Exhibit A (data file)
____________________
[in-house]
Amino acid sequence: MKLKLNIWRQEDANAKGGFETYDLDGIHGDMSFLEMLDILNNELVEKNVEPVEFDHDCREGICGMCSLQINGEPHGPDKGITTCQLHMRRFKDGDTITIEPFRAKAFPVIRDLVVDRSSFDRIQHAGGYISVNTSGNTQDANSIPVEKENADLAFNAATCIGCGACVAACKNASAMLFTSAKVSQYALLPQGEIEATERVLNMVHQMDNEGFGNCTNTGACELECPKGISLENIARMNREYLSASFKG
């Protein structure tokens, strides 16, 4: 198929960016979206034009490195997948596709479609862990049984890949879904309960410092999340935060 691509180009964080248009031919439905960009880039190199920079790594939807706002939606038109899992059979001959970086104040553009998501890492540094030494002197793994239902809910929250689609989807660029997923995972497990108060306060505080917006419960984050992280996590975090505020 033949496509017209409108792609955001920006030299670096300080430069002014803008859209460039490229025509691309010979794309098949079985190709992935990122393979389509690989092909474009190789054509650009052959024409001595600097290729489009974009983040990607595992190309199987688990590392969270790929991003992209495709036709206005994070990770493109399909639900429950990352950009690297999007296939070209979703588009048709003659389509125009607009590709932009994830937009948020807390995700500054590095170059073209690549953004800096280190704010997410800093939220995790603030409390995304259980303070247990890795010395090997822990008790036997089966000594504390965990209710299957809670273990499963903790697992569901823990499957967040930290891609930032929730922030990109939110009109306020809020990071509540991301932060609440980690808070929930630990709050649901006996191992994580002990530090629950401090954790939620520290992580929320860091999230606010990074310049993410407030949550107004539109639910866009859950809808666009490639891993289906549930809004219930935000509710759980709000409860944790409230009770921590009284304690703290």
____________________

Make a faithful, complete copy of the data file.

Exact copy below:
[in-house]
Amino acid sequence: MKLKLNIWRQEDANAKGGFETYDLDGIHGDMSFLEMLDILNNELVEKNVEPVEFDHDCREGICGMCSLQINGEPHGPDKGITTCQLHMRRFKDGDTITIEPFRAKAFPVIRDLVVDRSSFDRIQHAGGYISVNTSGNTQDANSIPVEKENADLAFNAATCIGCGACVAACKNASAMLFTSAKVSQYALLPQGEIEATERVLNMVHQMDNEGFGNCTNTGACELECPKGISLENIARMNREYLSASFKG
């Protein structure tokens, strides 16, 4: 198929960016979206034009490195997948596709479609862990049984890949879904309960410092999340935060 691509180009964080248009031919439905960009880039190199920079790594939807706002939606038109899992059979001959970086104040553009998501890492540094030494002197793994239902809910929250689609989807660029997923995972497990108060306060505080917006419960984050992280996590975090505020 033949496509017209409108792609955001920006030299670096300080430069002014803008859209460039490229025509691309010979794309098949079985190709992935990122393979389509690989092909474009190789054509650009052959024409001595600097290729489009974009983040990607595992190309199987688990590392969270790929991003992209495709036709206005994070990770493109399909639900429950990352950009690297999007296939070209979703588009048709003659389509125009607009590709932009994830937009948020807390995700500054590095170059073209690549953004800096280190704010997410800093939220995790603030409390995304259980303070247990890795010395090997822990008790036997089966000594504390965990209710299957809670273990499963903790697992569901823990499957967040930290891609930032929730922030990109939110009109306020809020990071509540991301932060609440980690808070929930630990709050649901006996191992994580002990530090629950401090954790939620520290992580929320860091999230606010990074310049993410407030949550107004539109639910866009859950809808666009490639891993289906549930809004219930935000509710759980709000409860944790409230009770921590009284304690703290």